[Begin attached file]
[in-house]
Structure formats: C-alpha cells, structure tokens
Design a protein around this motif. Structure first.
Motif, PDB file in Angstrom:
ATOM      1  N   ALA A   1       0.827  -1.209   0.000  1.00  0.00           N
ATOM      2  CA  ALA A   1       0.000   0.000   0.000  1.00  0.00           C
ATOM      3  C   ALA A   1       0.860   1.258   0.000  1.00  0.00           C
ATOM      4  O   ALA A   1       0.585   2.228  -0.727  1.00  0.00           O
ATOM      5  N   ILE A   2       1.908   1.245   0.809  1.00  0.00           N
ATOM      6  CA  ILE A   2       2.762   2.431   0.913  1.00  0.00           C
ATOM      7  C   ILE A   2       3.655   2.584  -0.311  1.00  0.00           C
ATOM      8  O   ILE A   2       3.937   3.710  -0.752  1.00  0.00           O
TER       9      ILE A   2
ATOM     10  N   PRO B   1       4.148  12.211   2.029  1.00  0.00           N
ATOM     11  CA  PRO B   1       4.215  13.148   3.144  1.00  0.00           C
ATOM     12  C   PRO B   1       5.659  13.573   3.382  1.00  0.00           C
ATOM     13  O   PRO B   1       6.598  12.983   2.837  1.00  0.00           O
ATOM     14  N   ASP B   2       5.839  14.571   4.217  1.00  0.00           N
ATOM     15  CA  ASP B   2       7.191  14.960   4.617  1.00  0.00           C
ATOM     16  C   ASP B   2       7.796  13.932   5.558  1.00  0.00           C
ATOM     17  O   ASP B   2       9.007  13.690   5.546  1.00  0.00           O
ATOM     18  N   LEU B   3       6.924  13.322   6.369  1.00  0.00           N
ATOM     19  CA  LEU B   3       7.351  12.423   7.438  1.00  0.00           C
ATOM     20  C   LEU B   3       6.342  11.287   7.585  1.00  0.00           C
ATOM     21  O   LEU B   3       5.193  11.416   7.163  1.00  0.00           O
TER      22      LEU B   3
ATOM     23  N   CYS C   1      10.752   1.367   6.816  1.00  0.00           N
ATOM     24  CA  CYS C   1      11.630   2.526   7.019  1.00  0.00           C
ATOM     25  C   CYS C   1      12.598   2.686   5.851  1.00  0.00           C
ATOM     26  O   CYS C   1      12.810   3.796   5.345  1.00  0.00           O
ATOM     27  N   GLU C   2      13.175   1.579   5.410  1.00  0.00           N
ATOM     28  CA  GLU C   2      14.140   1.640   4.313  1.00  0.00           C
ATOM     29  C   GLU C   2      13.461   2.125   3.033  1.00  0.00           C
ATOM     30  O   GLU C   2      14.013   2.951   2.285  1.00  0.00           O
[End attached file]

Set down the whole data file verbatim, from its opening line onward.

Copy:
[in-house]
Structure formats: C-alpha cells, structure tokens
Design a protein around this motif. Structure first.
Motif, PDB file in Angstrom:
ATOM      1  N   ALA A   1       0.827  -1.209   0.000  1.00  0.00           N
ATOM      2  CA  ALA A   1       0.000   0.000   0.000  1.00  0.00           C
ATOM      3  C   ALA A   1       0.860   1.258   0.000  1.00  0.00           C
ATOM      4  O   ALA A   1       0.585   2.228  -0.727  1.00  0.00           O
ATOM      5  N   ILE A   2       1.908   1.245   0.809  1.00  0.00           N
ATOM      6  CA  ILE A   2       2.762   2.431   0.913  1.00  0.00           C
ATOM      7  C   ILE A   2       3.655   2.584  -0.311  1.00  0.00           C
ATOM      8  O   ILE A   2       3.937   3.710  -0.752  1.00  0.00           O
TER       9      ILE A   2
ATOM     10  N   PRO B   1       4.148  12.211   2.029  1.00  0.00           N
ATOM     11  CA  PRO B   1       4.215  13.148   3.144  1.00  0.00           C
ATOM     12  C   PRO B   1       5.659  13.573   3.382  1.00  0.00           C
ATOM     13  O   PRO B   1       6.598  12.983   2.837  1.00  0.00           O
ATOM     14  N   ASP B   2       5.839  14.571   4.217  1.00  0.00           N
ATOM     15  CA  ASP B   2       7.191  14.960   4.617  1.00  0.00           C
ATOM     16  C   ASP B   2       7.796  13.932   5.558  1.00  0.00           C
ATOM     17  O   ASP B   2       9.007  13.690   5.546  1.00  0.00           O
ATOM     18  N   LEU B   3       6.924  13.322   6.369  1.00  0.00           N
ATOM     19  CA  LEU B   3       7.351  12.423   7.438  1.00  0.00           C
ATOM     20  C   LEU B   3       6.342  11.287   7.585  1.00  0.00           C
ATOM     21  O   LEU B   3       5.193  11.416   7.163  1.00  0.00           O
TER      22      LEU B   3
ATOM     23  N   CYS C   1      10.752   1.367   6.816  1.00  0.00           N
ATOM     24  CA  CYS C   1      11.630   2.526   7.019  1.00  0.00           C
ATOM     25  C   CYS C   1      12.598   2.686   5.851  1.00  0.00           C
ATOM     26  O   CYS C   1      12.810   3.796   5.345  1.00  0.00           O
ATOM     27  N   GLU C   2      13.175   1.579   5.410  1.00  0.00           N
ATOM     28  CA  GLU C   2      14.140   1.640   4.313  1.00  0.00           C
ATOM     29  C   GLU C   2      13.461   2.125   3.033  1.00  0.00           C
ATOM     30  O   GLU C   2      14.013   2.951   2.285  1.00  0.00           O